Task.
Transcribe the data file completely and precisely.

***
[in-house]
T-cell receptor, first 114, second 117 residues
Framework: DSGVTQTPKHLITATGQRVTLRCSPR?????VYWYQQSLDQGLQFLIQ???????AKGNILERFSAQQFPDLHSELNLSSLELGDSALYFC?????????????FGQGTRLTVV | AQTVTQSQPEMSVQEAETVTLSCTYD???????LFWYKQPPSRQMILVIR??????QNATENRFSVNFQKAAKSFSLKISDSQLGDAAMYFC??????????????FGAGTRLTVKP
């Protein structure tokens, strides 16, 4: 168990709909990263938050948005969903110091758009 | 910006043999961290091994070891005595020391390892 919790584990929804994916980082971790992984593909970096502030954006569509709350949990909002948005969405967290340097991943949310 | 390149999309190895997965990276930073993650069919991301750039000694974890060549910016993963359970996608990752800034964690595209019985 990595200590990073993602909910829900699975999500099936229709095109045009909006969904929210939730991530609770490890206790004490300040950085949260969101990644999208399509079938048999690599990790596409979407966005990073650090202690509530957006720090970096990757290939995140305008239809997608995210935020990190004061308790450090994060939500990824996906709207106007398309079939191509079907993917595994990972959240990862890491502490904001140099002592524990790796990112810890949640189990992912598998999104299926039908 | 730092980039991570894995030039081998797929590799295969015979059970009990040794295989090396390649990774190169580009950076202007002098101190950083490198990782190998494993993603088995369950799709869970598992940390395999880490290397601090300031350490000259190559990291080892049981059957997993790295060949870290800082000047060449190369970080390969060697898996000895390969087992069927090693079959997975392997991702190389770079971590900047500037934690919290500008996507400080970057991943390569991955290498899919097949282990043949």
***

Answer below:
[in-house]
T-cell receptor, first 114, second 117 residues
Framework: DSGVTQTPKHLITATGQRVTLRCSPR?????VYWYQQSLDQGLQFLIQ???????AKGNILERFSAQQFPDLHSELNLSSLELGDSALYFC?????????????FGQGTRLTVV | AQTVTQSQPEMSVQEAETVTLSCTYD???????LFWYKQPPSRQMILVIR??????QNATENRFSVNFQKAAKSFSLKISDSQLGDAAMYFC??????????????FGAGTRLTVKP
């Protein structure tokens, strides 16, 4: 168990709909990263938050948005969903110091758009 | 910006043999961290091994070891005595020391390892 919790584990929804994916980082971790992984593909970096502030954006569509709350949990909002948005969405967290340097991943949310 | 390149999309190895997965990276930073993650069919991301750039000694974890060549910016993963359970996608990752800034964690595209019985 990595200590990073993602909910829900699975999500099936229709095109045009909006969904929210939730991530609770490890206790004490300040950085949260969101990644999208399509079938048999690599990790596409979407966005990073650090202690509530957006720090970096990757290939995140305008239809997608995210935020990190004061308790450090994060939500990824996906709207106007398309079939191509079907993917595994990972959240990862890491502490904001140099002592524990790796990112810890949640189990992912598998999104299926039908 | 730092980039991570894995030039081998797929590799295969015979059970009990040794295989090396390649990774190169580009950076202007002098101190950083490198990782190998494993993603088995369950799709869970598992940390395999880490290397601090300031350490000259190559990291080892049981059957997993790295060949870290800082000047060449190369970080390969060697898996000895390969087992069927090693079959997975392997991702190389770079971590900047500037934690919290500008996507400080970057991943390569991955290498899919097949282990043949």